In Liechtenstein, the main taxes levied on businesses are corporate taxes, the capital tax, the VAT and the coupon (withholding) tax. There is no separate capital gains tax. Capital gains are treated as taxable income unless they come from real estate, in which case a property profits tax is levied.
The corporate tax regime applies to resident companies, meaning the companies that have a registered office in Liechtenstein, or which are managed and controlled by a company resident in Liechtenstein. However, holding companies or domiciliary companies have a separate taxation regime, as well as establishments, foundations and trusts.
The corporate income tax has a flat rate of 12.5%, starting with 2010, after the Liechtenstein tax system was reformed in 2010.
Profits tax in Liechtenstein
The profits tax is levied on taxable income at a basic rate between a minimum of 7.5% and a maximum of 15%. In addition, if dividend distribution exceeds 8% of taxable capital, there is a surcharge of up to 5% of taxable income in the year in which the dividend is declared.
The maximum rate of the profits tax is 20%, which is not that much for a company that makes a decent profit, without having much capital employed.
Certain provisions as following affect the taxable base for the profits tax:
- Capital gains that are not provided by real estate are treated as taxable income;
- Capital gains from real estate are taxed between a minimum of 1.2% and a maximum of 35.64%, depending on the amount of the gain, the length of time the property was held and other factors;
- Trading losses may be carried forwards, but not backwards;
- There is no group relief available for the profits tax.
Net worth tax in Liechtenstein
The net worth tax is levied on the share capital of a company, plus open and hidden reserves. In this calculation, reserves might include for example retained earnings that are brought forward, provisions for capital and income taxes and other disclosed or undisclosed reserves.
The rate of the net worth tax applied to a resident company in Liechtenstein is 0.2% of taxable net worth.
Stamp duty in Liechtenstein
The stamp duty is levied according to the Swiss legislation, which was substantially amended by the Swiss Federal Law on Stamp Duty. There is a liability to stamp duty on the issues of bonds and shares. Mergers and other corporate transformations are exempt from stamp duty. The rate of stamp duty on shares is 1%, but the first 250,000 CHF of any issues of capital are exempt from this tax.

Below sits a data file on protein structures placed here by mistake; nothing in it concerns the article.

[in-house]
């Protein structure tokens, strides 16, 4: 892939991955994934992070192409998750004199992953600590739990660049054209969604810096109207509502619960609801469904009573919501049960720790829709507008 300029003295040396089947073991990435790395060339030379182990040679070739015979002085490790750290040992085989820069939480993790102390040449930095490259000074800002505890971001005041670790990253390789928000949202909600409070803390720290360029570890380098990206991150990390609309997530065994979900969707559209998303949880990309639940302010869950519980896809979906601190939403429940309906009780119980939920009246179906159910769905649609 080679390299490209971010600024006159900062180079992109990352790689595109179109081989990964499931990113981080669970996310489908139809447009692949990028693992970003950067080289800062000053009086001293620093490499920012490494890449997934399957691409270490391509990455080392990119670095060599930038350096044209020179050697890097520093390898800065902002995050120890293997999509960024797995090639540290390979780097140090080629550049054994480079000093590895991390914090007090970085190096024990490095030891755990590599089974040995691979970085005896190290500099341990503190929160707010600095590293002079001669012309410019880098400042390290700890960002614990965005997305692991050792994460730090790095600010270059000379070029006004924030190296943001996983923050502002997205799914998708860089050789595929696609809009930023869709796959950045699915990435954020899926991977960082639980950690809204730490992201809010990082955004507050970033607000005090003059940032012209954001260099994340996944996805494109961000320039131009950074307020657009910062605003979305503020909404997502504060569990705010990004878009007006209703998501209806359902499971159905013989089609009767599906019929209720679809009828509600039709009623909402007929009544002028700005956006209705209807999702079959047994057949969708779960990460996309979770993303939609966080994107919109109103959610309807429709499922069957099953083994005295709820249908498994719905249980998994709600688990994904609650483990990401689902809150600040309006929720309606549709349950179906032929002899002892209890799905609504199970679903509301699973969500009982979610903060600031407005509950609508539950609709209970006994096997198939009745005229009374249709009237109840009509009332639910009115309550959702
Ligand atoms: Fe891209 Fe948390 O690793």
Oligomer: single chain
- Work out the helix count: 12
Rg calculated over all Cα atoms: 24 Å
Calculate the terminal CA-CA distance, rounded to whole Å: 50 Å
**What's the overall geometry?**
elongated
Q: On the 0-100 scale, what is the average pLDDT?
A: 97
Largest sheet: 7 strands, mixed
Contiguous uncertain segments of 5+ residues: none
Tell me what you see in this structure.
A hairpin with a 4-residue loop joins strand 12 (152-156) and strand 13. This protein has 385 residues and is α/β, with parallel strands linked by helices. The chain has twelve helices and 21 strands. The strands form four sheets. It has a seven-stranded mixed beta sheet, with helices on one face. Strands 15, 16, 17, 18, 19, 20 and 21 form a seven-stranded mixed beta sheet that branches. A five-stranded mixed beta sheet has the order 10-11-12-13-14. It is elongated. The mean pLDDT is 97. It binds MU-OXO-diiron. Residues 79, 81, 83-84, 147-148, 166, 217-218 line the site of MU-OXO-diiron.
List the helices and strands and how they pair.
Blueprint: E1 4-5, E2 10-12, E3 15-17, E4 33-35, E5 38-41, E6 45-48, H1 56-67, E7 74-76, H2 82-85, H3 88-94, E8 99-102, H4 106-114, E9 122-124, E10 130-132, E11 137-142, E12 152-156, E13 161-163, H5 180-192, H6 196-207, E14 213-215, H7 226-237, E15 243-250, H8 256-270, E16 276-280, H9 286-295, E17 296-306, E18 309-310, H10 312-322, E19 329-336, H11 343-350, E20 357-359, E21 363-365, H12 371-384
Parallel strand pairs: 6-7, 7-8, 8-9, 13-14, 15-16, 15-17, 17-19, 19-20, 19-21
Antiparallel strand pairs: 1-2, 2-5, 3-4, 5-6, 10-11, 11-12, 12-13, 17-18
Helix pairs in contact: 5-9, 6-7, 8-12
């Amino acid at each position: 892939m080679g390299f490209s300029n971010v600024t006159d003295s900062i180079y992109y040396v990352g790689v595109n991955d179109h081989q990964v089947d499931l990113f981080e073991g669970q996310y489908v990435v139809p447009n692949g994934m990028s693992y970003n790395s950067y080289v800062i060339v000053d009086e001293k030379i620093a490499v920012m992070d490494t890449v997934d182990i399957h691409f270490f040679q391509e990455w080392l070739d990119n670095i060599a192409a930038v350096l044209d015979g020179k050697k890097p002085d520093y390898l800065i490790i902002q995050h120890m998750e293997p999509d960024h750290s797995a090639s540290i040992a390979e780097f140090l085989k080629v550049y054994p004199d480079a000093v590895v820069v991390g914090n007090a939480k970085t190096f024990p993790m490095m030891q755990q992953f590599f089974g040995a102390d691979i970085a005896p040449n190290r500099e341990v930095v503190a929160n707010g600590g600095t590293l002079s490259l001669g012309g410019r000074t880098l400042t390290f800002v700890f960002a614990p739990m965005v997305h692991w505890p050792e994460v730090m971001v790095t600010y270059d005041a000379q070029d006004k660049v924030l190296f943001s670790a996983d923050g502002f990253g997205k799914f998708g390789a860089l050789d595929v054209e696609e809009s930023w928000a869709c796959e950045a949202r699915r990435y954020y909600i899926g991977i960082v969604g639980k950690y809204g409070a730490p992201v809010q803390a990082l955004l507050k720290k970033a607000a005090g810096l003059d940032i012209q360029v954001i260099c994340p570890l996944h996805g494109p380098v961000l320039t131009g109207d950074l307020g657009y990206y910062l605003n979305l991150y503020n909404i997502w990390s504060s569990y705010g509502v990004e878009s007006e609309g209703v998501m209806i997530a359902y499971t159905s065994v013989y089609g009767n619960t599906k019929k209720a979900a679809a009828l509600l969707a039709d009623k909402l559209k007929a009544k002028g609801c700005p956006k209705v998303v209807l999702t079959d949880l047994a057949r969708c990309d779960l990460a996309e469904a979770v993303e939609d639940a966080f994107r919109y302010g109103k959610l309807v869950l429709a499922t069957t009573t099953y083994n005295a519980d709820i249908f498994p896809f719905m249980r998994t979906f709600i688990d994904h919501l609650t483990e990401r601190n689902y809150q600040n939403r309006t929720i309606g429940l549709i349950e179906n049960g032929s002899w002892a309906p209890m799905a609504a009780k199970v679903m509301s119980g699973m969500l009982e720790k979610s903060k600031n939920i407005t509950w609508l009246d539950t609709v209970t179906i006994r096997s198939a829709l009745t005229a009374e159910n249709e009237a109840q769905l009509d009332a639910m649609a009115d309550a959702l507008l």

Turnover tax in Liechtenstein
Turnover tax is payable by securities dealers and traders, which include banks, financing companies, investment funds and other legal entities and individuals whose business is focused mainly on the dealing, trading or broking of securities. It also applies to companies that hold assets, which include taxable securities valued at more than 10 million CHF. The rate of the turnover tax varies between 0.15% and 0.30%.
Property profits tax in Liechtenstein
This tax applies to individuals and legal entities that make gains from real property transactions. The rate of this tax is set annually by the Parliament, and is usually equal to the rate of the general profits tax.
VAT in Liechtenstein
The rate of the VAT in Liechtenstein is of 8%, with a reduced rate of 3.8% for hotels and lodging services and of 2.5% for food, medicines, books, magazines and newspapers. Medical and educational services, as well as most real estate transactions are exempt from VAT.
Withholding taxes in Liechtenstein
The withholding (coupon) tax applies to companies whose capital is divided into shares and is levied at the rate of 4% on any distribution of dividends or profit shares older than 2010. However, now there is no withholding tax on dividends, interests or royalties paid to a foreign or resident company.